in a neighborhood of the best solution. The formula for global update is:
τi∗ j ∗ = (1 − ρ) · τi∗ j ∗ + ρ ·
1
J∗
∀(i∗ , j ∗ ) ∈ ψ ∗
(4)
Local update is performed much more frequently: every time an ant decides to use edge
i–j in its solution, the pheromone τij is modified:
τij = (1 − ρ) · τij + ρ · τ0
(5)
where τ0 is the initial pheromone value defined as τ0 = 1/(n · Jnn ), with n, the number
of customers in the solution, and Jnn , the tour length produced by the execution of one
18
ACS iteration without the pheromone component (this is equivalent to a probabilistic nearest
neighbor heuristic).
During the construction of a new solution the pseudo-random-proportional transition rule
is introduced. The pseudo-random-proportional rule is a compromise between the pseudorandom state choice rule typically used in Q-learning [66] and the random-proportional action
choice rule typically used in Ant System, described in equation (2) . With the pseudo-random
rule, if q is a random variable uniformly distributed over [0, 1], with probability q0 (exploitation)
the next chosen node is the one with the best τij ·ηij , while with probability 1−q0 (exploration)
the node is chosen using the Ant System random-proportional choice rule. The pseudo-random
rule can be therefore expressed as:



 arg max τij · ηij if q ≤ q0


 equation (2)
(6)
otherwise
where q0 is a parameter 0 ≤ q0 ≤ 1 usually equal to 0.9. The pseudo-random rule provides
a straightforward way to balance between exploration of new states and exploitation of a priori
and accumulated knowledge.
ACS has been proved to be very efficient in solving many graph routing problems. Like in
the ACO framework also ACS uses daemon actions to perform global actions, which are not
possible for artificial ants, which can act only locally. A typical daemon action is the launch
of a local search, to improve the current best solution found so far by the ACO.
Different algorithms implement different versions of ACO and the kind of VRP variant has
also a considerable impact on the ACO implementation. In the next sections we outline the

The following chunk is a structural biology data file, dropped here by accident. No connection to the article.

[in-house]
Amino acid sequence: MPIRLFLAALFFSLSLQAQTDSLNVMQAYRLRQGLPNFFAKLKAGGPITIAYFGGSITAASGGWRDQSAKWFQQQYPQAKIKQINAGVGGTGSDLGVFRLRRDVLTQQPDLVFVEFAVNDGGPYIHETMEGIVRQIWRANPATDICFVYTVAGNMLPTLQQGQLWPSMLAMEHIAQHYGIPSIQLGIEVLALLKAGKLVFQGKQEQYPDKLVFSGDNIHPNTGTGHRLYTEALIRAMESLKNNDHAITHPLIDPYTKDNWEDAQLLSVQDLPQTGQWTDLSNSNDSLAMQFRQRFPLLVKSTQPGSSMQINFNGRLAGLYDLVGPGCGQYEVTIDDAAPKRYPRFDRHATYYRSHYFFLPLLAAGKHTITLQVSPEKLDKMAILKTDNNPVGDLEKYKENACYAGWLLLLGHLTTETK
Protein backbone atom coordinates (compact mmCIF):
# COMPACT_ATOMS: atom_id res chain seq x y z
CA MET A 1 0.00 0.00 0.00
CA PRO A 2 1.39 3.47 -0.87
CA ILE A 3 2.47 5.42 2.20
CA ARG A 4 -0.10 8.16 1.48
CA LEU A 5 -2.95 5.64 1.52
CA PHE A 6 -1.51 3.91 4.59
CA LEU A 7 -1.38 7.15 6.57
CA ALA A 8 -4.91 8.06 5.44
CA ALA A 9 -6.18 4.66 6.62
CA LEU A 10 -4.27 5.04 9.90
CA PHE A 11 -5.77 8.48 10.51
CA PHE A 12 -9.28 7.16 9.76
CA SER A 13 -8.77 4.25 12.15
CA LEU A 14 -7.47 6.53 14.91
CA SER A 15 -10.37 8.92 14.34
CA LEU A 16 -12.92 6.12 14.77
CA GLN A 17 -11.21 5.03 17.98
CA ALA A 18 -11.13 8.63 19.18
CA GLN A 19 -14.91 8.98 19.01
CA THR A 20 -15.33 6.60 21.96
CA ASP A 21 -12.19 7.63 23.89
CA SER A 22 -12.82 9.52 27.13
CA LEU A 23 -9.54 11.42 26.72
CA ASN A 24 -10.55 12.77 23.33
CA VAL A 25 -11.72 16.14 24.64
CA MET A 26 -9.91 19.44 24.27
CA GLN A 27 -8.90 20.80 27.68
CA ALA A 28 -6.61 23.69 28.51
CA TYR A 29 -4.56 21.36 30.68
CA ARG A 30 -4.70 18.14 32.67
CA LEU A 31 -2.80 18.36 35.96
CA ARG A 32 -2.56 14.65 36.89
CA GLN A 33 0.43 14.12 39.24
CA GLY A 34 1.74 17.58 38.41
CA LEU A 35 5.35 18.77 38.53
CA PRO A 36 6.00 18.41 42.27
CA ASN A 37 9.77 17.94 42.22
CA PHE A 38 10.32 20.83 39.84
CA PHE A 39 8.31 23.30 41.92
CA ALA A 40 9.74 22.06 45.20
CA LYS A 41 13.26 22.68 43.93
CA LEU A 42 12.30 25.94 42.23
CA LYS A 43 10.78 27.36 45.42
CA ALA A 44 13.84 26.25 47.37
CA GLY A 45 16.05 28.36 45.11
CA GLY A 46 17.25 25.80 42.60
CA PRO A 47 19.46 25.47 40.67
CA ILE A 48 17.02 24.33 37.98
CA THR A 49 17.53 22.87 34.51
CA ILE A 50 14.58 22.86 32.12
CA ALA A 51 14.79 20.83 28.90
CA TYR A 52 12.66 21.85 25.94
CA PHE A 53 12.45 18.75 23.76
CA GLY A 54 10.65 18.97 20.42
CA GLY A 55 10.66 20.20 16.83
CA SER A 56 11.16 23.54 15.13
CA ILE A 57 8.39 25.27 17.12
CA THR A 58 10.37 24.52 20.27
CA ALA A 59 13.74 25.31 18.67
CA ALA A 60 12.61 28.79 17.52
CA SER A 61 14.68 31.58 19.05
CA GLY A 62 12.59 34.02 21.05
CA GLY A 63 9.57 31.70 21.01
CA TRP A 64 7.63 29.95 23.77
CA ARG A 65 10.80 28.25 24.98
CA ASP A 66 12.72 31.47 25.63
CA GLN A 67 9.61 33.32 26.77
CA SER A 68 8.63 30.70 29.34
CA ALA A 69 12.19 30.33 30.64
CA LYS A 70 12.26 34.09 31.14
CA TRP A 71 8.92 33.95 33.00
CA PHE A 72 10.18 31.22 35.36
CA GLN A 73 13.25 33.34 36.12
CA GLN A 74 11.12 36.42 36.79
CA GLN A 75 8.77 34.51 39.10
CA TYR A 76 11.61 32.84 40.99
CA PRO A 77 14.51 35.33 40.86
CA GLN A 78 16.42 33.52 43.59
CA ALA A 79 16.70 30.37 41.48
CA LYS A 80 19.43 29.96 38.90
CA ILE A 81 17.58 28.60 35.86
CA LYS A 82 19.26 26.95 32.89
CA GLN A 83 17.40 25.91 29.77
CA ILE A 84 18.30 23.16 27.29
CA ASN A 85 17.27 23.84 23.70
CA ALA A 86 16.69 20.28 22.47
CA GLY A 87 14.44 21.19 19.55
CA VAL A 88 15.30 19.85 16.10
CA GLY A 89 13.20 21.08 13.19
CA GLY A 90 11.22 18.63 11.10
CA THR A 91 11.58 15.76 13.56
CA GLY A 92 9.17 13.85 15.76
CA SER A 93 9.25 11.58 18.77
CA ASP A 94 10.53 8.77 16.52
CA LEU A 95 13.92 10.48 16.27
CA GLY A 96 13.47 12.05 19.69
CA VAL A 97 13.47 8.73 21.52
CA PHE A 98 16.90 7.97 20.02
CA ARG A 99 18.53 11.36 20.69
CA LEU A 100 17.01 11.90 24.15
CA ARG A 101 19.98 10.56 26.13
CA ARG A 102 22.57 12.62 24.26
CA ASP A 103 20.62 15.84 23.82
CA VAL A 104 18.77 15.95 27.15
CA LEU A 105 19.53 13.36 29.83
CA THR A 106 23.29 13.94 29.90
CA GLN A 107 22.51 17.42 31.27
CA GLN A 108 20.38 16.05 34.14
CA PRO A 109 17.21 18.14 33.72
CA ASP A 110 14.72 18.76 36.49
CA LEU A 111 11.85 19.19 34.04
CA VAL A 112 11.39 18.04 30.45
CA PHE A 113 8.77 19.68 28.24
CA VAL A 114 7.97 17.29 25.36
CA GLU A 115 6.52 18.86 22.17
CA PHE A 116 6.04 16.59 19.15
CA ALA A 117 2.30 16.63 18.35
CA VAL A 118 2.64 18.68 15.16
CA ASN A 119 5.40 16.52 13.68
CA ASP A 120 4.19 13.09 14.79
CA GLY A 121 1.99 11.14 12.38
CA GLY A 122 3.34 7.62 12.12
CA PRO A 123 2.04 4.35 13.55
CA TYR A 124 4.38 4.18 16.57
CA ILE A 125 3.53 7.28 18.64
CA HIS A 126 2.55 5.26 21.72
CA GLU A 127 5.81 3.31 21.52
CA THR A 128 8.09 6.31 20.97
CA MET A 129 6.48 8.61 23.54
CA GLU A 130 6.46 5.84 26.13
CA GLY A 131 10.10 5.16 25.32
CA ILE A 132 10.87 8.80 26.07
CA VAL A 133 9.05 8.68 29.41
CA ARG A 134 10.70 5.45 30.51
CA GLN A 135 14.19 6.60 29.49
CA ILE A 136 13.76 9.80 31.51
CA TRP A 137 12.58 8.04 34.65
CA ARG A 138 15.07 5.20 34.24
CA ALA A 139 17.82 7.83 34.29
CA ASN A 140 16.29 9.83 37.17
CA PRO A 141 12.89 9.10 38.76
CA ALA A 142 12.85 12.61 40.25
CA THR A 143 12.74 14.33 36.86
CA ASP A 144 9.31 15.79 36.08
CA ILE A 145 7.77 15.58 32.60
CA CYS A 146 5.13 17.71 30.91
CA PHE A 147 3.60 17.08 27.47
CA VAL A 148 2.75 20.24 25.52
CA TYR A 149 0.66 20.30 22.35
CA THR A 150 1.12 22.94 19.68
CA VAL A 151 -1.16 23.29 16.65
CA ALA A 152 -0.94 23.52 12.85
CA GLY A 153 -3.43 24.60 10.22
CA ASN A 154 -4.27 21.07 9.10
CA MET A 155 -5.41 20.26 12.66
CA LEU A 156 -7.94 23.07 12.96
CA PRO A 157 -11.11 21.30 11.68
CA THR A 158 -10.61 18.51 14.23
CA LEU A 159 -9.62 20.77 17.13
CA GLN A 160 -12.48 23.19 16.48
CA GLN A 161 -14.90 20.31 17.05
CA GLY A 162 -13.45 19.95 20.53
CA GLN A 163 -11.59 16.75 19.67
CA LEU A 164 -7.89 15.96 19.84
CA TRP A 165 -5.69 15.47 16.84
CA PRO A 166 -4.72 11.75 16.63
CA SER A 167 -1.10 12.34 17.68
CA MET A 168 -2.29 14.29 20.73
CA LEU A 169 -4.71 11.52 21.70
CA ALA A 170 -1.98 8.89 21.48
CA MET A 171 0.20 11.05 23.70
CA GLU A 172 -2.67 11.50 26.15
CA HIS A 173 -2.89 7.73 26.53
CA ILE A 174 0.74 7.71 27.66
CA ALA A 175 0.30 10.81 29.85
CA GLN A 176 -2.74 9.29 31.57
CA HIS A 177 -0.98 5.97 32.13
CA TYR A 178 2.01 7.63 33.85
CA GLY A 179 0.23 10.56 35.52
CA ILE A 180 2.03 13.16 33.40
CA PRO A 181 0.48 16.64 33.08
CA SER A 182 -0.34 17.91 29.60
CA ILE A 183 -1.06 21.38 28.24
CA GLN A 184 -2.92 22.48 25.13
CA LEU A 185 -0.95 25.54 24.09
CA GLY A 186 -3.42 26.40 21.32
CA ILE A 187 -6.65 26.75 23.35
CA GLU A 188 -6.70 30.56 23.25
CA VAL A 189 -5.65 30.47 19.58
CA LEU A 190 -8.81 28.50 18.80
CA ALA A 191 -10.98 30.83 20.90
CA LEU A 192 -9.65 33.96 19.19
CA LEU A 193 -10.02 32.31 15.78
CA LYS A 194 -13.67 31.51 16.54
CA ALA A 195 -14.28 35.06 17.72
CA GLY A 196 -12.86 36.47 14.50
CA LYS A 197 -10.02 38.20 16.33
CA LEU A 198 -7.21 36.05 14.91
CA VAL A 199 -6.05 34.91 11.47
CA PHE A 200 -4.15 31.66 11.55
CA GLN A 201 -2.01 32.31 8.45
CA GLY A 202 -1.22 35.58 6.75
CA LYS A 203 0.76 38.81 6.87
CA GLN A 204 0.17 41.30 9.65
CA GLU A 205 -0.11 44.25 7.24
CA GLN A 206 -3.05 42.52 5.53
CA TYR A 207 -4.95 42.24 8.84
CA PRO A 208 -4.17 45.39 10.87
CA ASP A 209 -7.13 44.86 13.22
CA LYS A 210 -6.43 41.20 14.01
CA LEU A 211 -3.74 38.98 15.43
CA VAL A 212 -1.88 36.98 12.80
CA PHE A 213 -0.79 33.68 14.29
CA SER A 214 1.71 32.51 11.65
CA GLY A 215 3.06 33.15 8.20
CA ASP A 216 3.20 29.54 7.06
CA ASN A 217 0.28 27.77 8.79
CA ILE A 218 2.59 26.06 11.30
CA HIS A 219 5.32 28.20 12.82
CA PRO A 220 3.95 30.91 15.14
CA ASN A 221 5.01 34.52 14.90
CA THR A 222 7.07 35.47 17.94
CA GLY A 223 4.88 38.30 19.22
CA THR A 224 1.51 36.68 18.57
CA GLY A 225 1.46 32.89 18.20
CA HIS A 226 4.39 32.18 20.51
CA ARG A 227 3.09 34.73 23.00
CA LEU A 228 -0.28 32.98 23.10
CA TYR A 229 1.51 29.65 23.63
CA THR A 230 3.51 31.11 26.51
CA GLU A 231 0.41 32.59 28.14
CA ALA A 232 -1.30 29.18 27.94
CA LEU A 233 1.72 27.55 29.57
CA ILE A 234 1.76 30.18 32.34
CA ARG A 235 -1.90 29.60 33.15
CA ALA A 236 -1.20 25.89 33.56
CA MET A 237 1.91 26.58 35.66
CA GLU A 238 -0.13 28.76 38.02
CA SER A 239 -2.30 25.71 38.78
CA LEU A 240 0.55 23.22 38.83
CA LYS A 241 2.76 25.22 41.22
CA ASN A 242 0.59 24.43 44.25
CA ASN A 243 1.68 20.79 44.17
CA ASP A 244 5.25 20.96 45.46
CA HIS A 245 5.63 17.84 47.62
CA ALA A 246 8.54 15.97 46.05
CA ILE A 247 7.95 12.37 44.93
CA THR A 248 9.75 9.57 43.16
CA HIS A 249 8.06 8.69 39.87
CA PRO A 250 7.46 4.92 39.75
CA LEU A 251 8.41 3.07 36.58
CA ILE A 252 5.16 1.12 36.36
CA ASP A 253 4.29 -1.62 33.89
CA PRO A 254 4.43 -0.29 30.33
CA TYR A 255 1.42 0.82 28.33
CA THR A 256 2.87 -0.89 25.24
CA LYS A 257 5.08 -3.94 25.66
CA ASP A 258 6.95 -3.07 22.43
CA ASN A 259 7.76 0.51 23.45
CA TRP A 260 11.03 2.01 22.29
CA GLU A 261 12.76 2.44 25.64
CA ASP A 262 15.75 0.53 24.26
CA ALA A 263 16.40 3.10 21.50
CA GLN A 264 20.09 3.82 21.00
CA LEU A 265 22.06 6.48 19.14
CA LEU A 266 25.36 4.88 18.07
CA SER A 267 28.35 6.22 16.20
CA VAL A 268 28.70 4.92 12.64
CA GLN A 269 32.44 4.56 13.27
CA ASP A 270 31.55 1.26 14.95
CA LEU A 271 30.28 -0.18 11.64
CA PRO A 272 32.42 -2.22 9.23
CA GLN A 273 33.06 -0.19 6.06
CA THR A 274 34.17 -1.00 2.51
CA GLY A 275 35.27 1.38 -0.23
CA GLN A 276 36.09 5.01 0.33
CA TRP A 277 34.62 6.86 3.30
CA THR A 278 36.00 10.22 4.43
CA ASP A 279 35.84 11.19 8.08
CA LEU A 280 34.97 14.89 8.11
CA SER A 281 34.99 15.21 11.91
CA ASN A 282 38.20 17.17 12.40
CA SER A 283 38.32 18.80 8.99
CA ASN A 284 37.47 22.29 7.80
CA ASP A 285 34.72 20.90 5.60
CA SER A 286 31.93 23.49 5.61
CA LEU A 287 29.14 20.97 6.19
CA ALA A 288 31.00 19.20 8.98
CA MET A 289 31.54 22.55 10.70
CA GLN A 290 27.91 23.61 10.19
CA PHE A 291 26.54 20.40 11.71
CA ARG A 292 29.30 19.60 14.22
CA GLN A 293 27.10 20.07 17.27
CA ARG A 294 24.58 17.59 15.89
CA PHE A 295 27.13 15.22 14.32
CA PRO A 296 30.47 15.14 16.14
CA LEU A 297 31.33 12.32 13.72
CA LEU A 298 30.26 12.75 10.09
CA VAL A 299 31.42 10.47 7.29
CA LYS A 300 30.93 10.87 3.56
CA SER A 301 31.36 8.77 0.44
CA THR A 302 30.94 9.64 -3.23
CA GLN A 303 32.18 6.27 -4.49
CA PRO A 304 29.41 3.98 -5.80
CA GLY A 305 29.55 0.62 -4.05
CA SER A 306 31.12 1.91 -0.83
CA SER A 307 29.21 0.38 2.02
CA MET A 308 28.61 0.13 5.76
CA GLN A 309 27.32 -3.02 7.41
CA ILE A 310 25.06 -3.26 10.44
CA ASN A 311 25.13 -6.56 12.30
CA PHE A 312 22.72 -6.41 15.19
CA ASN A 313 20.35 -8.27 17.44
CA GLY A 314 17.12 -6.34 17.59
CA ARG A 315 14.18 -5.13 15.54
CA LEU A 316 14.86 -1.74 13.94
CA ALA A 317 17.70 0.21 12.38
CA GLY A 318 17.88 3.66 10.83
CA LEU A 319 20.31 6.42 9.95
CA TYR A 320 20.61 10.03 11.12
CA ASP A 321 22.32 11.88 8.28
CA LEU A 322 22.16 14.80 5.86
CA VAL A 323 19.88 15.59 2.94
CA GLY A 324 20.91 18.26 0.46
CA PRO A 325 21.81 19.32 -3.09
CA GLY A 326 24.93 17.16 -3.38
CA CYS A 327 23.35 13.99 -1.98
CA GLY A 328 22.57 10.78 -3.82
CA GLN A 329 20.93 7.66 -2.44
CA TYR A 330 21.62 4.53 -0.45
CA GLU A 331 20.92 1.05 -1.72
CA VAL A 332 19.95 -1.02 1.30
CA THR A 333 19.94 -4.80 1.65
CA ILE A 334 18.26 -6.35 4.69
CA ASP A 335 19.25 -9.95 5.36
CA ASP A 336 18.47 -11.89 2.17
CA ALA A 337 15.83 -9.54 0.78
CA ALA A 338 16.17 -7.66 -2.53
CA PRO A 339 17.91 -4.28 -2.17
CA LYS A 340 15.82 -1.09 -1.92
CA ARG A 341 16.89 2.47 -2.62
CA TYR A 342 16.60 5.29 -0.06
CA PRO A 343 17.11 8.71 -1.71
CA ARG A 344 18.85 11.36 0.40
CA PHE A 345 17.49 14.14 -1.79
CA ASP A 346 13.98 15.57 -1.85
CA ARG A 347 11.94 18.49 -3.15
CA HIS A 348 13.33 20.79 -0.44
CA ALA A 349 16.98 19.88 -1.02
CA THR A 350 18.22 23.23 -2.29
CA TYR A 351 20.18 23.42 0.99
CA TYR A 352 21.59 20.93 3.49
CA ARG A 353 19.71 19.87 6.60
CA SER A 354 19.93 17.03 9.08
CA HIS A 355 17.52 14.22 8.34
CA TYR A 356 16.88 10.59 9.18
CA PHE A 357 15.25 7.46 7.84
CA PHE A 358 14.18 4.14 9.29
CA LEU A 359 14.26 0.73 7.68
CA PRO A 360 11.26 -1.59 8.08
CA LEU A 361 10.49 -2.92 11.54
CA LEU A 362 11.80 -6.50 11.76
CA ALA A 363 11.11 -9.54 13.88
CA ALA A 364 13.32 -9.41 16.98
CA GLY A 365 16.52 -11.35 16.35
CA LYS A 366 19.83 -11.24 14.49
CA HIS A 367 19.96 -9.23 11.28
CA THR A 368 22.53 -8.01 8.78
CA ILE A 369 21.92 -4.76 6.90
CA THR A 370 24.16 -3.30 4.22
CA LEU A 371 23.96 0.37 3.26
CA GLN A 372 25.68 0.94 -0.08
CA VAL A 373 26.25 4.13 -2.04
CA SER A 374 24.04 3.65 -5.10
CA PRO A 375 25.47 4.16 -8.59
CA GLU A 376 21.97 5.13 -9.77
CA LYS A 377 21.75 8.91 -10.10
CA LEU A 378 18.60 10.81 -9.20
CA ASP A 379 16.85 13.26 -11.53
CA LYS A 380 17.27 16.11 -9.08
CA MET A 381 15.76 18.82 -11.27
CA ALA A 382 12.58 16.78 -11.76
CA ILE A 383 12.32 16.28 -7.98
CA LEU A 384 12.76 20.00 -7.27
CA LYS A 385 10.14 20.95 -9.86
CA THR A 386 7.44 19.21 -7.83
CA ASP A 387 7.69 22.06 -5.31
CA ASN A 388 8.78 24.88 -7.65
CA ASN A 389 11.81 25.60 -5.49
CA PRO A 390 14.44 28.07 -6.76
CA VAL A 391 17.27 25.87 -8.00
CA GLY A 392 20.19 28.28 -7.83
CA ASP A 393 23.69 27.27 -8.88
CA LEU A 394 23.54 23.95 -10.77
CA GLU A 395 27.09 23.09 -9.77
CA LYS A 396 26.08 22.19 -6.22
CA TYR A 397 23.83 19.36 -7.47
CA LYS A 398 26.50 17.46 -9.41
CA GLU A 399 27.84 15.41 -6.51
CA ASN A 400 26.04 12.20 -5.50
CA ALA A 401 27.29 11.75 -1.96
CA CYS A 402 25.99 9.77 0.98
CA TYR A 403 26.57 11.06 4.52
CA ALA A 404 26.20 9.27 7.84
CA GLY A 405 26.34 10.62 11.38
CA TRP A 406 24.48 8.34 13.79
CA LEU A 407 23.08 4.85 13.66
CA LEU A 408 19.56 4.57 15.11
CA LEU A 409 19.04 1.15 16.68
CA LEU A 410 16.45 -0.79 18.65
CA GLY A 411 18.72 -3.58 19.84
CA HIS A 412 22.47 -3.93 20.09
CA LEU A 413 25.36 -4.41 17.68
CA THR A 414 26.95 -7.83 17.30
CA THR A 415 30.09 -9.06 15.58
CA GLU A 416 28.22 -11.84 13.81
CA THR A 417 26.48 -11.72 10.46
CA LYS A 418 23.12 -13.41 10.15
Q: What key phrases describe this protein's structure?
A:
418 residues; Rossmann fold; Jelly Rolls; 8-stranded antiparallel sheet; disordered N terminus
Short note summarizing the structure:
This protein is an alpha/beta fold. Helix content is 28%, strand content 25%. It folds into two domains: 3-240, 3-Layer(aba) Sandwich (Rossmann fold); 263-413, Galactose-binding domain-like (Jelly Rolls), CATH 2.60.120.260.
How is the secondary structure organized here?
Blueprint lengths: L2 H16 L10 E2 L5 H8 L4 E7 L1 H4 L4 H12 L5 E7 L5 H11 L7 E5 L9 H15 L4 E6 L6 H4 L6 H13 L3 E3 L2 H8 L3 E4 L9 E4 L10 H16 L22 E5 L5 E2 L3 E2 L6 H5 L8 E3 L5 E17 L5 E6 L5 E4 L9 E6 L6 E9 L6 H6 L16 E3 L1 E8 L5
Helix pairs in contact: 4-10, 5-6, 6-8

main features of ACO algorithms for the VRP variants we have encountered so far.
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3.2
Capacitated VRP
CVRP is the most basic variant of VRP and it was the first to attract the attention of
researchers trying to apply the ACO metaheuristics to VRP. One of the first approaches is
due to Bullnheimer et al. [7], [8], where the objective function has the unique objective of
minimising the total route length.
To solve the problem, artificial ants construct the solution by successively choosing customers to visit, until each customer has been served. If selecting a customer leads to the
violation of a constraint on the capacity or on the total route length, the route returns to the
depot. When an artificial ant is at customer i, the next customer j is selected according to
a random-proportional rule (see equation (2)), in which visibility is defined using a function
[53] inspired by the savings algorithm:
ηij = di0 + d0j − g · dij + f · |di0 − d0j |
(7)
where g and f are two parameters (good settings are g = f = 2).
To reduce the time taken to look for the next customer to visit, not all customers are
evaluated, but only those appearing in a candidate list. A typical way to build a candidate list
is to sort customers by their distance from the current node examine only the first customers
in the list.
Bullnheimer et al. implement a variant of the Ant System. The pheromone trail is updated
whenever an artificial ant k computes a solution ψ k , which is evaluated in the objective function
as Jk . Equation (1) is modified in order to take into account the contribution of the σ ants
computing the current best solution (ψ ∗ that evaluates to J ∗ ) tha are called elitist ants. They
20
contribute in a special way to the pheromone trail update, increasing each arc in the optimal
solution by ∆τij∗ = 1/J ∗ . Given this, the updating rule is:
τij = (1 − ρ) · τij +
m−1
X
∆τijk + σ∆τij∗
(8)
k=1
It was found that the number of ants m should be equal to the number of customers and
that one ant is placed at each customer at the beginning of an iteration. Bullnheimer et al.
also show that using the 2-opt-heuristic for the TSP [15] considerably improves the solution
quality.
Following the steps of the works by Bullnheimer, Reimann et al. [56] have also implemented
an ACO algorithm for CVRP, sometimes improving the original results.
3.3
VRPTW
The most efficient ACO algorithm for the VRPTW and one of the most efficient metaheuristics